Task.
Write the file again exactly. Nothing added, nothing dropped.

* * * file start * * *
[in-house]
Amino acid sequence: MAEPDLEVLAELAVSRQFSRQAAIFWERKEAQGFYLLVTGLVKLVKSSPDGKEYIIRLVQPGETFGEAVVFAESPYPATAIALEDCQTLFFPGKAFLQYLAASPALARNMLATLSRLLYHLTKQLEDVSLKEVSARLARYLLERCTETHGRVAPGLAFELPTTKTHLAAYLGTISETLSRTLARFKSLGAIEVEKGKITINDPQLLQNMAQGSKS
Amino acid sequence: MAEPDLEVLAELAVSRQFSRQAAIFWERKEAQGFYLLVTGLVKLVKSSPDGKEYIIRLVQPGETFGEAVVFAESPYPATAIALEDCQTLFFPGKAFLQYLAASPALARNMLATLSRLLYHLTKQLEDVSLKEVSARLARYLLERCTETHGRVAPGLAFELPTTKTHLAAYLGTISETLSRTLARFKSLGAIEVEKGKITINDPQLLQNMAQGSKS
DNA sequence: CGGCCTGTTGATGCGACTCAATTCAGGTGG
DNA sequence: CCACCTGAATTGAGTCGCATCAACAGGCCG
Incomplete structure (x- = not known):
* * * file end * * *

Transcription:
[in-house]
Amino acid sequence: MAEPDLEVLAELAVSRQFSRQAAIFWERKEAQGFYLLVTGLVKLVKSSPDGKEYIIRLVQPGETFGEAVVFAESPYPATAIALEDCQTLFFPGKAFLQYLAASPALARNMLATLSRLLYHLTKQLEDVSLKEVSARLARYLLERCTETHGRVAPGLAFELPTTKTHLAAYLGTISETLSRTLARFKSLGAIEVEKGKITINDPQLLQNMAQGSKS
Amino acid sequence: MAEPDLEVLAELAVSRQFSRQAAIFWERKEAQGFYLLVTGLVKLVKSSPDGKEYIIRLVQPGETFGEAVVFAESPYPATAIALEDCQTLFFPGKAFLQYLAASPALARNMLATLSRLLYHLTKQLEDVSLKEVSARLARYLLERCTETHGRVAPGLAFELPTTKTHLAAYLGTISETLSRTLARFKSLGAIEVEKGKITINDPQLLQNMAQGSKS
DNA sequence: CGGCCTGTTGATGCGACTCAATTCAGGTGG
DNA sequence: CCACCTGAATTGAGTCGCATCAACAGGCCG
Incomplete structure (x- = not known):